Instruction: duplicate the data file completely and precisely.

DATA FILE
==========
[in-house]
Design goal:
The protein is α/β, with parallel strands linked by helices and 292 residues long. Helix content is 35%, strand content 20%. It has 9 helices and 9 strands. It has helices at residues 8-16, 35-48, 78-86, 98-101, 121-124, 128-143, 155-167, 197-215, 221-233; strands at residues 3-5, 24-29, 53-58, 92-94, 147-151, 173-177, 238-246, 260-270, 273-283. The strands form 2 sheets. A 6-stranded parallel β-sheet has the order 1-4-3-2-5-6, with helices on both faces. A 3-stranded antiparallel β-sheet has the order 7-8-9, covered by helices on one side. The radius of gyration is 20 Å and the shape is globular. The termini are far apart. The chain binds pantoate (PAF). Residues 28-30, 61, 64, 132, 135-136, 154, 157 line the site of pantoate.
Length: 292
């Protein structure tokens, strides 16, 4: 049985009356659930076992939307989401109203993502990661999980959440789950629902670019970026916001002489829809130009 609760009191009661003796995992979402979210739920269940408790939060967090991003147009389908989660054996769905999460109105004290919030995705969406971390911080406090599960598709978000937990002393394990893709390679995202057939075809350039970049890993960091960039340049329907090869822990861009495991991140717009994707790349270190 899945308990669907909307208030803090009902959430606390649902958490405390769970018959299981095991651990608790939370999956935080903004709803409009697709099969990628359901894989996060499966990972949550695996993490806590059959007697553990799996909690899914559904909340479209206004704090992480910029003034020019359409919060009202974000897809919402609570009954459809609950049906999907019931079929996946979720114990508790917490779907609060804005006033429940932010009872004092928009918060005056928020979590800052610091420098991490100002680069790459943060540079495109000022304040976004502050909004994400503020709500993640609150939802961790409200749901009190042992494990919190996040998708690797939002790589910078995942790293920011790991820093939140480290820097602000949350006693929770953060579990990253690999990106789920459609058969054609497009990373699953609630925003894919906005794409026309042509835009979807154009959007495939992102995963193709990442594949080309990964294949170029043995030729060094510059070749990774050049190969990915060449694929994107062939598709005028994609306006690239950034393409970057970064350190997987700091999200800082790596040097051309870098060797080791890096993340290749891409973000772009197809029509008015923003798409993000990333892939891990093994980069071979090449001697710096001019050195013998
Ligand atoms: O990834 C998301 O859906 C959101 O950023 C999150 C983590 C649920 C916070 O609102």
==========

[in-house]
Design goal:
The protein is α/β, with parallel strands linked by helices and 292 residues long. Helix content is 35%, strand content 20%. It has 9 helices and 9 strands. It has helices at residues 8-16, 35-48, 78-86, 98-101, 121-124, 128-143, 155-167, 197-215, 221-233; strands at residues 3-5, 24-29, 53-58, 92-94, 147-151, 173-177, 238-246, 260-270, 273-283. The strands form 2 sheets. A 6-stranded parallel β-sheet has the order 1-4-3-2-5-6, with helices on both faces. A 3-stranded antiparallel β-sheet has the order 7-8-9, covered by helices on one side. The radius of gyration is 20 Å and the shape is globular. The termini are far apart. The chain binds pantoate (PAF). Residues 28-30, 61, 64, 132, 135-136, 154, 157 line the site of pantoate.
Length: 292
């Protein structure tokens, strides 16, 4: 049985009356659930076992939307989401109203993502990661999980959440789950629902670019970026916001002489829809130009 609760009191009661003796995992979402979210739920269940408790939060967090991003147009389908989660054996769905999460109105004290919030995705969406971390911080406090599960598709978000937990002393394990893709390679995202057939075809350039970049890993960091960039340049329907090869822990861009495991991140717009994707790349270190 899945308990669907909307208030803090009902959430606390649902958490405390769970018959299981095991651990608790939370999956935080903004709803409009697709099969990628359901894989996060499966990972949550695996993490806590059959007697553990799996909690899914559904909340479209206004704090992480910029003034020019359409919060009202974000897809919402609570009954459809609950049906999907019931079929996946979720114990508790917490779907609060804005006033429940932010009872004092928009918060005056928020979590800052610091420098991490100002680069790459943060540079495109000022304040976004502050909004994400503020709500993640609150939802961790409200749901009190042992494990919190996040998708690797939002790589910078995942790293920011790991820093939140480290820097602000949350006693929770953060579990990253690999990106789920459609058969054609497009990373699953609630925003894919906005794409026309042509835009979807154009959007495939992102995963193709990442594949080309990964294949170029043995030729060094510059070749990774050049190969990915060449694929994107062939598709005028994609306006690239950034393409970057970064350190997987700091999200800082790596040097051309870098060797080791890096993340290749891409973000772009197809029509008015923003798409993000990333892939891990093994980069071979090449001697710096001019050195013998
Ligand atoms: O990834 C998301 O859906 C959101 O950023 C999150 C983590 C649920 C916070 O609102």